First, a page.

It's a subtle issue.
If you look at the A3C algorithm in the original paper (p.4 and appendix S3 for pseudo-code), their actor-critic algorithm (same algorithm both episodic and continuing problems) is off by a factor of gamma relative to the actor-critic pseudo-code for episodic problems in the Sutton and Barto book (p.332 of January 2019 edition of http://incompleteideas.net/book/the-book.html). The Sutton and Barto book has the extra "first" gamma as labeled in your picture. So, either the book or the A3C paper is wrong? Not really.
The key is on p. 199 of the Sutton and Barto book:
If there is discounting (gamma < 1) it
should be treated as a form of termination, which can be done simply by including
a factor of in the second term of (9.2).
The subtle issue is that there are two interpretations to the discounting factor gamma:
- A multiplicative factor that puts less weight on distant future rewards.
- A probability, 1 - gamma, that a simulated trajectory spuriously terminates, at any time step. This interpretation only makes sense for episodic cases, and not continuing cases.
- Just multiply the future rewards and related quantities (V or Q) in the future by gamma.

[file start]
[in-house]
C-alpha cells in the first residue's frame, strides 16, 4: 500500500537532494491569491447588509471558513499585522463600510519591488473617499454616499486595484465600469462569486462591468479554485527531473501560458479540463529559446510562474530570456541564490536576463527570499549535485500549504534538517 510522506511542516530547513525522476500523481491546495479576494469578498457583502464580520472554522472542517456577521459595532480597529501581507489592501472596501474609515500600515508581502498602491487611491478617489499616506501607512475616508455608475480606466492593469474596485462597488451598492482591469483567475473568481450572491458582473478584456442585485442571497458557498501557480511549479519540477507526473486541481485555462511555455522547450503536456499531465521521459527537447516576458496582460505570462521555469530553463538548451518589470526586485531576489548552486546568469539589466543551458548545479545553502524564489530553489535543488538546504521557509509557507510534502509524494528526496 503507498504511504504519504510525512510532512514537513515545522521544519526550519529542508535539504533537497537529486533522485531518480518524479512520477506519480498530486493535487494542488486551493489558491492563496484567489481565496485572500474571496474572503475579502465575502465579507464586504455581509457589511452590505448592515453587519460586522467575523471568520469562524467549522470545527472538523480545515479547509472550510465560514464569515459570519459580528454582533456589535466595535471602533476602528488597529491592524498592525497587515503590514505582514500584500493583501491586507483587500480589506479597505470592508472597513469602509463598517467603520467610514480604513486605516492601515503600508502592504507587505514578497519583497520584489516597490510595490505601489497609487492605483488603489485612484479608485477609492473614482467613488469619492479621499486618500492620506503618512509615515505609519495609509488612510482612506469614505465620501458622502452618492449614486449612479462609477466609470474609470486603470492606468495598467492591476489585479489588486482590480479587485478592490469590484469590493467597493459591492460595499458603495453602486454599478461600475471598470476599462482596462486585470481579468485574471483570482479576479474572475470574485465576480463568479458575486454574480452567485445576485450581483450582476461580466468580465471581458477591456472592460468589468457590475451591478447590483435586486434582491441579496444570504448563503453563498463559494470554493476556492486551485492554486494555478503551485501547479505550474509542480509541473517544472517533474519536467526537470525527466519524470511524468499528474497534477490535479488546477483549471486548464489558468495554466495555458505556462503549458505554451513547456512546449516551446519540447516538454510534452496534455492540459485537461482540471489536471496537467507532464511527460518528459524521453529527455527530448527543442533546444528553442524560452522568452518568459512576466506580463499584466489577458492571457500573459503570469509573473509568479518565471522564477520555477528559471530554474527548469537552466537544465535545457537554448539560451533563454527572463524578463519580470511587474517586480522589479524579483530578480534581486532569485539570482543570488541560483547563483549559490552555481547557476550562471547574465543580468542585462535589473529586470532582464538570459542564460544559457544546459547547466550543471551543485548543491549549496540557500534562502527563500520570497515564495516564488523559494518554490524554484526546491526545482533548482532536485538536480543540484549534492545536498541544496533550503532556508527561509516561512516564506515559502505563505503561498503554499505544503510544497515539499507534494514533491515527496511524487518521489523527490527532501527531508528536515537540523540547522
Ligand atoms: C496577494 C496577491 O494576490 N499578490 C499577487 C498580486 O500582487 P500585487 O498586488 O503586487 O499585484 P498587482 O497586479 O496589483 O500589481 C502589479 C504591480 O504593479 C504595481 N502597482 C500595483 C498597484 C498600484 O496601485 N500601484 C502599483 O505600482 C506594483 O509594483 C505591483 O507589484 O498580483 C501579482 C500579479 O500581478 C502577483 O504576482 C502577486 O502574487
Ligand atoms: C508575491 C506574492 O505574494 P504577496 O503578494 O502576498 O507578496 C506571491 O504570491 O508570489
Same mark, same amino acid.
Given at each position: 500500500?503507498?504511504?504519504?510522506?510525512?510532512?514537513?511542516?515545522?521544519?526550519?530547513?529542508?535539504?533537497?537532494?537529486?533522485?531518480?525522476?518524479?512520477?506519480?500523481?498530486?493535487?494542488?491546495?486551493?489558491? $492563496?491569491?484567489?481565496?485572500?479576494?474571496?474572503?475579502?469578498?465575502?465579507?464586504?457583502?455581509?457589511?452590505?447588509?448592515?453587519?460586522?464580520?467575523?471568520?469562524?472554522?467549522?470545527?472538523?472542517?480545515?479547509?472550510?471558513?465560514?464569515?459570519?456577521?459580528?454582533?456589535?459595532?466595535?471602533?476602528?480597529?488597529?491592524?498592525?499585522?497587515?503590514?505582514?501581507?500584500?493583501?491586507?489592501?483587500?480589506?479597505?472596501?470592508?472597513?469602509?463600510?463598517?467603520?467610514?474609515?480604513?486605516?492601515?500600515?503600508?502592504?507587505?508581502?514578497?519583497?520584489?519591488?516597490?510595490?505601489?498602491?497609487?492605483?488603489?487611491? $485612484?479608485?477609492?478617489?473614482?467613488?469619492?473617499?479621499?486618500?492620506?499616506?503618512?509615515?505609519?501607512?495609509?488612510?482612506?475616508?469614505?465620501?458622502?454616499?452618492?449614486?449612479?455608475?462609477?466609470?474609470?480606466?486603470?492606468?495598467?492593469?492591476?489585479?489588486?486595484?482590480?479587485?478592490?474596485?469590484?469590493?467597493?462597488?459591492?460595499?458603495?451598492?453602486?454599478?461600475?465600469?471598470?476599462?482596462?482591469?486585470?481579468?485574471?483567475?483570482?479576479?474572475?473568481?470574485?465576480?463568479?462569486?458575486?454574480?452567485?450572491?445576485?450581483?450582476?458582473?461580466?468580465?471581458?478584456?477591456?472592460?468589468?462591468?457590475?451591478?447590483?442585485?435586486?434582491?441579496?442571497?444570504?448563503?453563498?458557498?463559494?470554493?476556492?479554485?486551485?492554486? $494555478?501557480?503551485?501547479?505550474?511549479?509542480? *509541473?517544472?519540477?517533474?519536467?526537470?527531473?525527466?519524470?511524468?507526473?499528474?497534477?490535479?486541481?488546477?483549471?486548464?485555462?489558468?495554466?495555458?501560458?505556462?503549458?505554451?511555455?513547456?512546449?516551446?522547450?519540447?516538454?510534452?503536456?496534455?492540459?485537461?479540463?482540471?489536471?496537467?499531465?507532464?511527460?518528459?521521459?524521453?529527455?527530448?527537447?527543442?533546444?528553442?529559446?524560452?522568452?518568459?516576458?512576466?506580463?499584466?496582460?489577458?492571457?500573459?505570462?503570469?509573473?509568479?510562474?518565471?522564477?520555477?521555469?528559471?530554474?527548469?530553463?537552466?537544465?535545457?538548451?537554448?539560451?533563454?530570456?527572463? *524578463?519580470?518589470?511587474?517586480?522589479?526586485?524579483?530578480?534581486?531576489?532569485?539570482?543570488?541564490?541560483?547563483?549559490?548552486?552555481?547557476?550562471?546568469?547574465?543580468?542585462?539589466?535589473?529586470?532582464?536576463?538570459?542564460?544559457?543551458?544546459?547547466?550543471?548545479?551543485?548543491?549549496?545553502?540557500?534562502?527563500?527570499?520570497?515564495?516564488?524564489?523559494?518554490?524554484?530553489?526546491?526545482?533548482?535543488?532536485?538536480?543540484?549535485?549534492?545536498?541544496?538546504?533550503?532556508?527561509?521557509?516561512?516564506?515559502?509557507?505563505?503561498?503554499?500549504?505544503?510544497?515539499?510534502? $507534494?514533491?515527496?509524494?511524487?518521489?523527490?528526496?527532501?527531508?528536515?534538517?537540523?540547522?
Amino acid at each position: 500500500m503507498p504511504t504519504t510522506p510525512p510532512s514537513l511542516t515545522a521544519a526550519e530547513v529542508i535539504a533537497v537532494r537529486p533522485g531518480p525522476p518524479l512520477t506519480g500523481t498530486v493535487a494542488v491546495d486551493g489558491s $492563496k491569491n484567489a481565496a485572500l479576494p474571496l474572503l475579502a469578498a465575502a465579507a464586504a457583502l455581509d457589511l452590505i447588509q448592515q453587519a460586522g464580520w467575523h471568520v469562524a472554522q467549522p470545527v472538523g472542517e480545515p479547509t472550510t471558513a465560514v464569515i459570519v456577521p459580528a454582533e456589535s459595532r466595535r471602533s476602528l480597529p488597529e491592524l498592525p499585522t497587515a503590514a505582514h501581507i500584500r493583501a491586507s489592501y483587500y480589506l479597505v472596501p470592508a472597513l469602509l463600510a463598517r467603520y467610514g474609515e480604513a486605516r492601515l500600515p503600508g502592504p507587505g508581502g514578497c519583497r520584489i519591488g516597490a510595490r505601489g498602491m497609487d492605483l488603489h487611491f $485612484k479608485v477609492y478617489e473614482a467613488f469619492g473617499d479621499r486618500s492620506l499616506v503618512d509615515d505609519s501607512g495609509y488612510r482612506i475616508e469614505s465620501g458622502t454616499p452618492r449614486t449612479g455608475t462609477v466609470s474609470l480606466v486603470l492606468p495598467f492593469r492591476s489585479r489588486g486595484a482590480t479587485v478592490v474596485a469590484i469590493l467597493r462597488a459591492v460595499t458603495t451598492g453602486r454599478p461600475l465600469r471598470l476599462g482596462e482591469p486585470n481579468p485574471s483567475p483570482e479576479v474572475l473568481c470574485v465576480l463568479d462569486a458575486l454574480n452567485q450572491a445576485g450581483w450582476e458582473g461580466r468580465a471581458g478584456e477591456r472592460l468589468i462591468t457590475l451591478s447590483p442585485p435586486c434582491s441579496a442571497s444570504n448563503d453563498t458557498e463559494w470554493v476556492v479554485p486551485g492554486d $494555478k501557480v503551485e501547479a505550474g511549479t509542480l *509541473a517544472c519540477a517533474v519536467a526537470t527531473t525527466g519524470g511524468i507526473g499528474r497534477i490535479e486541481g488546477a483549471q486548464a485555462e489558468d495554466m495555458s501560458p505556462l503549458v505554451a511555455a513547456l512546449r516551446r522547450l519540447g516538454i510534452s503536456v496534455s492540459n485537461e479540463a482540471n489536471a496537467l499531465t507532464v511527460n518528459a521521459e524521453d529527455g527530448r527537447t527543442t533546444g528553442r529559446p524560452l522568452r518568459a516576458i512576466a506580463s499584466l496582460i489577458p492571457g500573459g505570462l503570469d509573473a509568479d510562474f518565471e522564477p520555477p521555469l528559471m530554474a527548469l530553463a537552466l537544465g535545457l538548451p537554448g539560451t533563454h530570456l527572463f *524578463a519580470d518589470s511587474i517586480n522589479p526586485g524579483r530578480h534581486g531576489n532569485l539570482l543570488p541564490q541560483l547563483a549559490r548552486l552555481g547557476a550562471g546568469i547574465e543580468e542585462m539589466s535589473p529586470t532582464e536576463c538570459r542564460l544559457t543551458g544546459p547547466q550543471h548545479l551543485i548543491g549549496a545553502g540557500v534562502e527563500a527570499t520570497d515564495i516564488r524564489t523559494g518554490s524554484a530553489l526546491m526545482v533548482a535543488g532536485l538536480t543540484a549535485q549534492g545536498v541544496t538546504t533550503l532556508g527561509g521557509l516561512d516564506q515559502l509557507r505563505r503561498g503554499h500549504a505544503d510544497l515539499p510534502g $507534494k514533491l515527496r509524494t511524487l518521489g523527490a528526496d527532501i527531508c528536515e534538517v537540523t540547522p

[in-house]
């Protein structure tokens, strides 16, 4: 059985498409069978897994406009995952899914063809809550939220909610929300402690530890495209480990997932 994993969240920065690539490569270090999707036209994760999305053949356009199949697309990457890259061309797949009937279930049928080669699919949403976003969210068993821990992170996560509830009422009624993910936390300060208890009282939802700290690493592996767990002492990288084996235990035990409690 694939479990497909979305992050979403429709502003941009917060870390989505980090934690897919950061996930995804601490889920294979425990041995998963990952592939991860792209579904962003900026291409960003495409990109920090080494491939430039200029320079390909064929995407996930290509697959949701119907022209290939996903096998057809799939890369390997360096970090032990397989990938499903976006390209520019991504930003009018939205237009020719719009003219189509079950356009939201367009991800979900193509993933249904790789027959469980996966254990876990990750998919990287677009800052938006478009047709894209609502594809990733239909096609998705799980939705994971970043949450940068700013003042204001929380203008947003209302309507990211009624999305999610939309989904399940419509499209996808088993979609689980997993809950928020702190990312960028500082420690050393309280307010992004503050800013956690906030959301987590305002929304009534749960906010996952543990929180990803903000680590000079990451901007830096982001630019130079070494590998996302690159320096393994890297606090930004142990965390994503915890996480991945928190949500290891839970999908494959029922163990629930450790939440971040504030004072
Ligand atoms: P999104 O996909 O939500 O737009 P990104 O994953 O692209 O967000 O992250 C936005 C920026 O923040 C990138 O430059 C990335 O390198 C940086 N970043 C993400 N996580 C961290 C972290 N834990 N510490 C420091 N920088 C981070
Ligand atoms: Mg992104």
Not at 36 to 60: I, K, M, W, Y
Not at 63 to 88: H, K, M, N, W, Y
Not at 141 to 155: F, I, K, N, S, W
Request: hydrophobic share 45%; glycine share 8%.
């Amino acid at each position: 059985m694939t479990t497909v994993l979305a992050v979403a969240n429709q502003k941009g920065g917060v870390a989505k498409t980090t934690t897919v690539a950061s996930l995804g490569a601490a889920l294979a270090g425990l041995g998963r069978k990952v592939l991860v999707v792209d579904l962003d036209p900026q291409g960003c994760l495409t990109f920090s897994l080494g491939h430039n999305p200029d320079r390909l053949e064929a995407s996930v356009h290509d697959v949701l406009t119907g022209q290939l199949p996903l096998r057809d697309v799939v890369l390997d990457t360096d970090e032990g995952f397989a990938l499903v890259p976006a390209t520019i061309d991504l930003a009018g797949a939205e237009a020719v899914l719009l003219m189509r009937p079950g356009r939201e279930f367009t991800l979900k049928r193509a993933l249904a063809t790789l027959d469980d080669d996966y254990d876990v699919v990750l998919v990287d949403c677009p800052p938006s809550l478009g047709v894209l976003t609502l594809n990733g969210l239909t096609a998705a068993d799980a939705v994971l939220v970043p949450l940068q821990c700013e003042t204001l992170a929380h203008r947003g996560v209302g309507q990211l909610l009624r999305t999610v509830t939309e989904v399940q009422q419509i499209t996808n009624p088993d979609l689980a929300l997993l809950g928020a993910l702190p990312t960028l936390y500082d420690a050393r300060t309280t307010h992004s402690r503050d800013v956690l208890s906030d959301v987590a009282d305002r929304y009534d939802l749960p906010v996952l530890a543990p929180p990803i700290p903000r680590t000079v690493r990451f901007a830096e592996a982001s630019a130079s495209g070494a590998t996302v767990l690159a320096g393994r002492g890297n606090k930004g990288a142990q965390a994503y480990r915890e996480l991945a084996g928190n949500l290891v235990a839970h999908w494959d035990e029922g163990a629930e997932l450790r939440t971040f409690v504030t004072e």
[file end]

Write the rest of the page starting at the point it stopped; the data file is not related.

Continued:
- Simulate some trajectories and randomly terminate (1 - gamma) of them at each time step. Terminated trajectories give no immediate or future rewards.
The two interpretations of gamma are valid. But choosing one or the other means you are tackling a different problem. The math is slightly different and you end up with an extra gamma multiplying $G \nabla\ln\pi(a|s)$ with the second interpretation.
For example, if you are at step t=2 and gamma = 0.9, the algorithm for the second interpretation is that the policy gradient is $\gamma^2 G \nabla\ln\pi(a|s)$ or $0.81 G \nabla\ln\pi(a|s)$. This term has 19% less gradient power than the t=0 term for the simple reason that 19% of simulated trajectories have died off by t=2.
With the first interpretation of gamma, there is no such 19% decay. The policy gradient is just $G \nabla\ln\pi(a|s)$ at t=2. But gamma is still present within $G$ to discount the future rewards.
You can choose whichever interpretation of gamma, but you have to be mindful of the consequences to the algorithm. I personally prefer to stick with interpretation 1 just because it's simpler. So I use the algorithm in the A3C paper, not the Sutton and Barto book.
Your question was about the REINFORCE algorithm, but I have been discussing actor-critic. You have the exact same issue related to the two gamma interpretations and the extra gamma in REINFORCE.